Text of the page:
Tunga penetrans is one of the few parasites, which has early spread from the Occidental to the Oriental Hemisphere. In the 17th century, it was first discovered and only found in the American continent (Heukelbach et al., 2001). The incipient clinical case of Tungiasis was investigated by Gonzalo Fernande (Feldmeier et al., 2003). In 1872, this flea entered the first African country, Angola, and then observed in Senegal along with human transportation across the water body. In 1899, it reached Madagascar with Senegalese troops of the French army and later spread to several parts of Africa, and in the same century entered the Indian Subcontinent by returnees of British troops (Eisele et al., 2003; Durden and Hinkle, 2018). Within few years it spread from Angola to whole sub-Saharan Africa along with trading routes and advancing troops (Heukelbach et al., 2001; Feldmeier et al., 2003). Currently, Tungiasis is a peculiar disease in Latin America, sub-Saharan Africa, and the Caribbean regions. Scattered circumstance has been reported from the corridor of Asia and Oceania (Ibáñez-Bernal and Velasco-Castrejón, 1996). Tungiasis has a sporadic spread, and occurs in underdeveloped society in rural Hicksville, in secluded fishing hamlets along water shores, and in the dump of urban centers (Cestari and Silva, 2007).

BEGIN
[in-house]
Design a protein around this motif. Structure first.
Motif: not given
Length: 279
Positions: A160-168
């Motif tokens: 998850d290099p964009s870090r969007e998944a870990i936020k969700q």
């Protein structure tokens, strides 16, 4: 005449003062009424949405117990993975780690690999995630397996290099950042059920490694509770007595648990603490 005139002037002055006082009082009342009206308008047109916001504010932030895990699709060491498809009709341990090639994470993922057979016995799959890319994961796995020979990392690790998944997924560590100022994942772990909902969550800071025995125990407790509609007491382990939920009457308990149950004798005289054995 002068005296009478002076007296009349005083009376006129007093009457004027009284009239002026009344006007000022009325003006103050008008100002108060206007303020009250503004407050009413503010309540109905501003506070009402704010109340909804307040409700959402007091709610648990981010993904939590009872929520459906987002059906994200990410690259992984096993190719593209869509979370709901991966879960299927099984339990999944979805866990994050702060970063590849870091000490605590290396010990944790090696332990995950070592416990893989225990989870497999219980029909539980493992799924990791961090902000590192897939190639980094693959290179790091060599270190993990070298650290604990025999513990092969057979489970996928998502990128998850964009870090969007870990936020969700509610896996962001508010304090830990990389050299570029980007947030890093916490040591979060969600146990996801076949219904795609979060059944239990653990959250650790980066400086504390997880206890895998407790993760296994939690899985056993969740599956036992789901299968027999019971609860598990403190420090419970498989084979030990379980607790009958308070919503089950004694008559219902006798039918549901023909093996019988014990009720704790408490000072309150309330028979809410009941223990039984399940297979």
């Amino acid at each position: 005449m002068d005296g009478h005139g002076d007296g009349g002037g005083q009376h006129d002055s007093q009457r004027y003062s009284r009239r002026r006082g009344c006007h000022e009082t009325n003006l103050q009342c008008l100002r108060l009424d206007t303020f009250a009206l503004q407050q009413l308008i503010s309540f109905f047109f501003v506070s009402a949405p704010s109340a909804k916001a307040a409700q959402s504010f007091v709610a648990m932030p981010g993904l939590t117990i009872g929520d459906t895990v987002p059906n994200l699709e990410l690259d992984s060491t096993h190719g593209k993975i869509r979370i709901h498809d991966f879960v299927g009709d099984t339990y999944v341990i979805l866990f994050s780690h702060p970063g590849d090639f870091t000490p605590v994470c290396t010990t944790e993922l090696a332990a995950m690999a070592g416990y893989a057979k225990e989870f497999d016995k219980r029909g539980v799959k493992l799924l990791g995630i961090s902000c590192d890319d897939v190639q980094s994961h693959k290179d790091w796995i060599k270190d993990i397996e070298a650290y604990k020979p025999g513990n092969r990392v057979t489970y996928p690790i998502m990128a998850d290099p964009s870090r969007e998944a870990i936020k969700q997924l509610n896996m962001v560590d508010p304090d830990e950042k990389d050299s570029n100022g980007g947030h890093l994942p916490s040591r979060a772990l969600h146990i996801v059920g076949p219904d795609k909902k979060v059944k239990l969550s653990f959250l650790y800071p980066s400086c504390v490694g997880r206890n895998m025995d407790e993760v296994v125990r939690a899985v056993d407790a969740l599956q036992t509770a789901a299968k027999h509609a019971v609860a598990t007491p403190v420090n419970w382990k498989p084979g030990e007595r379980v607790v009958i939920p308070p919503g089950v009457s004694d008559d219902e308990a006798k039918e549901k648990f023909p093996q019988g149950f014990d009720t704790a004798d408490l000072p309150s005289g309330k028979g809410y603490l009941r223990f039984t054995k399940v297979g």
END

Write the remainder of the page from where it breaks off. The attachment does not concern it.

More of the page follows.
Biology and Identification